How humanitarian aid organizations are protecting the next generation of Jews
It’s easy for a Hollywood celebrity to stand next to a starving child, stare into a video camera and remind us that children are our future. It’s much more difficult to nourish that child—on a regular basis—with enough food, clothing and education to help him grow up and truly shape the future.
The same principle applies to caring for widows, immigrants, the impoverished and other people groups who, for various reasons, need assistance for a better life. In Israel, dozens of organizations have been birthed specifically to reach this swelling segment of the Jewish population. Amid the politics of the most contested land in human history, the following five humanitarian aid organizations have dedicated themselves to being a consistent presence in the Holy Land to shape a brighter tomorrow for the next generation of Jews.
Many Christians are unaware of the poverty that exists in Israel. About one-fifth of Israeli families live below the poverty line, while 36 percent of Israeli children and 25 percent of Israeli Holocaust survivors live in impoverished conditions, according to a 2008 National Insurance Institute report.
Leket Israel (formerly Table to Table) seeks to care for Israel’s needy, while showing them God’s love, by offering a variety of food distribution efforts across the country.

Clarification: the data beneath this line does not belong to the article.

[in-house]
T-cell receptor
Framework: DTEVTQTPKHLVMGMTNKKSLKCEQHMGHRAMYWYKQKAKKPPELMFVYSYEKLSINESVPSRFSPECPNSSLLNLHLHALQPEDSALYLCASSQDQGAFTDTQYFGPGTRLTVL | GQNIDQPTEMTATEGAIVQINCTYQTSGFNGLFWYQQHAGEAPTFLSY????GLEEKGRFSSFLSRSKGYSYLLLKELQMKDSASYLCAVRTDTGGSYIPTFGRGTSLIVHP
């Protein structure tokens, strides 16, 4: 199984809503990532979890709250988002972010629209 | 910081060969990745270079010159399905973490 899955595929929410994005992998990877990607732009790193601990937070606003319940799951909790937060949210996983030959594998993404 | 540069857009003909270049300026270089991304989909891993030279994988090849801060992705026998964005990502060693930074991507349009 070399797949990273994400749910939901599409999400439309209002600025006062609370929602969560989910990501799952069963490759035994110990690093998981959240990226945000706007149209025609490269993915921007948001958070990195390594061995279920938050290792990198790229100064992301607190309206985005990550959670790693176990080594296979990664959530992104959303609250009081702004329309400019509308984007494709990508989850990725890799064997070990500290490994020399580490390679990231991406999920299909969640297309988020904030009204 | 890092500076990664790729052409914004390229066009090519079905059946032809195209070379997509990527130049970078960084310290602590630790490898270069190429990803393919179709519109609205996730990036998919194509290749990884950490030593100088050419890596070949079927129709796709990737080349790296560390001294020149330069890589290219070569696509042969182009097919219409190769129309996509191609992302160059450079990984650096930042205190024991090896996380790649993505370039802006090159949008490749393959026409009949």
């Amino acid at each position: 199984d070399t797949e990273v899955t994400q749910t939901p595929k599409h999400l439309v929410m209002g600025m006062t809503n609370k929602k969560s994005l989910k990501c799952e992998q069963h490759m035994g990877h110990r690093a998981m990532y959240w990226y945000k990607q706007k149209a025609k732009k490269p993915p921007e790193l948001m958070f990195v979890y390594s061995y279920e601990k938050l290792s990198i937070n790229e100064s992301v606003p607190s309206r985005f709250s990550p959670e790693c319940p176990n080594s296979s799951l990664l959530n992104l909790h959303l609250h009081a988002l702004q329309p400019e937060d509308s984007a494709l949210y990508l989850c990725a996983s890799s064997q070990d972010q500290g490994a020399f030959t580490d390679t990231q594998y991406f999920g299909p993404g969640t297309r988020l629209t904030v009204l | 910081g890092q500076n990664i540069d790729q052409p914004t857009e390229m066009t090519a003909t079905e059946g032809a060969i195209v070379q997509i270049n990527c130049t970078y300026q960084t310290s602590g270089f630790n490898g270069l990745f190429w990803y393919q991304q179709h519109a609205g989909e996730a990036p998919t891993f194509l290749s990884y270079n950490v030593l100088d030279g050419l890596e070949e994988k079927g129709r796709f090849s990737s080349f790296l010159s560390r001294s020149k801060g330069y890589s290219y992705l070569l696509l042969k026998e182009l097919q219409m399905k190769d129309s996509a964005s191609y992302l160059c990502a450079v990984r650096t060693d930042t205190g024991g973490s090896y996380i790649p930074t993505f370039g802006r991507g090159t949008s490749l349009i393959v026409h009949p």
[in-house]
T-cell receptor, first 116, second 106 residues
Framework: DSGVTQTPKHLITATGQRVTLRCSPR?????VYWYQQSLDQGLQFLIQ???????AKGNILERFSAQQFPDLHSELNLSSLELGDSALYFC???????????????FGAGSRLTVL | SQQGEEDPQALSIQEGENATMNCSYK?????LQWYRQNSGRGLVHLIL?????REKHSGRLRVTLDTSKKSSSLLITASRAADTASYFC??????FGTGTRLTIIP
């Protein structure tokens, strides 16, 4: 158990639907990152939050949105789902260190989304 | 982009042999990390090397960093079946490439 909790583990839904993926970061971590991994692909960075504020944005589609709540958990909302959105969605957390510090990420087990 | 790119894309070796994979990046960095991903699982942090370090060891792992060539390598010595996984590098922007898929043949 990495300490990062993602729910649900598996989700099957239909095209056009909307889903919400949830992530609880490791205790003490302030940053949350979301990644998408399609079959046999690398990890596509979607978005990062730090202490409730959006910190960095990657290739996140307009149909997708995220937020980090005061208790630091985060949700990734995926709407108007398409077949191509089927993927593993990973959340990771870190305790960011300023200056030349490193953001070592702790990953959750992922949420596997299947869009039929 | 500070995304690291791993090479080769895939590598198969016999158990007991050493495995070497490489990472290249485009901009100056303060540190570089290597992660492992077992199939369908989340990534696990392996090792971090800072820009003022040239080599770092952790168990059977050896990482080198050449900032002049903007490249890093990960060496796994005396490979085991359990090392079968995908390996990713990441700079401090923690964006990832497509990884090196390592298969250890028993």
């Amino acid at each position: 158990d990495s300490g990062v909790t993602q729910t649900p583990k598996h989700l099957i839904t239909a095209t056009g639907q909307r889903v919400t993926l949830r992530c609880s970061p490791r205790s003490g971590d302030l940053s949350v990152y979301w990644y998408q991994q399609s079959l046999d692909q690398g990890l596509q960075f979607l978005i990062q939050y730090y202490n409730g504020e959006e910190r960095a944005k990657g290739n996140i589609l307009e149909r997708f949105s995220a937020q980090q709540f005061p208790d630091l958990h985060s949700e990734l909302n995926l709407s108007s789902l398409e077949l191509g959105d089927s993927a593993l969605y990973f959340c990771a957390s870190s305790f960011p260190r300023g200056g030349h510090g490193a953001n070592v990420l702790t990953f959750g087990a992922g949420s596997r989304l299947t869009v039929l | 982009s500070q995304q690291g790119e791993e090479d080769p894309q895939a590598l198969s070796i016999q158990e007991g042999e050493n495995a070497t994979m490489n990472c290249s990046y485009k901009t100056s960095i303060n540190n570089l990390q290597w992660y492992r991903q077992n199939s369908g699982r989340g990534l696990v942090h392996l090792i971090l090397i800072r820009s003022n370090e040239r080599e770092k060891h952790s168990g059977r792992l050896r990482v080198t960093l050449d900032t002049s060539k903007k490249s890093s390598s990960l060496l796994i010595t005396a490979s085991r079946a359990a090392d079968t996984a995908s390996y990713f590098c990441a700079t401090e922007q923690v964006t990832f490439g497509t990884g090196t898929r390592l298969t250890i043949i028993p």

Last year, the organization diverted 5,700 tons of produce and perishable manufactured food items from destruction and redistributed it to 230 nonprofits working with needy Jews. It also spared and gave out 700,000 unused, unpurchased meals from restaurants, mall food courts and hotels that would have been thrown away.
One of the ministry’s food pickups is turned around in five hours to feed 500 shut-ins, and more than 1 million sandwiches have been provided for school children from dysfunctional homes in 24 cities. In fact, Leket’s reputation for its care of Israel’s poor is such that last year a major grocery chain asked the organization to redistribute an overstock of cereal for the chain. Leket answered the call and rerouted 100,000 boxes of cereal to the needy.
“Think about the story of feeding the multitudes,” says Ray MacDonald, one of Leket’s directors. “What did Jesus say after everyone was fed? He wanted the leftovers picked up. Why? I believe He didn’t want to waste.”
Leket uses three methods to redistribute food: nighttime pickups from restaurants and other food outlets, gleaning from producers, providing meals for Israeli school children. For the gleaning, farmers leave 10 percent of their fields, usually the corners, for Leket. The total of school children fed with a sandwich, fruit and drink has now topped 1 million youngsters in less than seven years.
Leket’s efforts have indirectly helped a hospice for autistic adults improve its facility. “[The hospice] told us recently that because of the food we help them with, they are able to spend money on other things like beds, staffing and programming,” MacDonald says.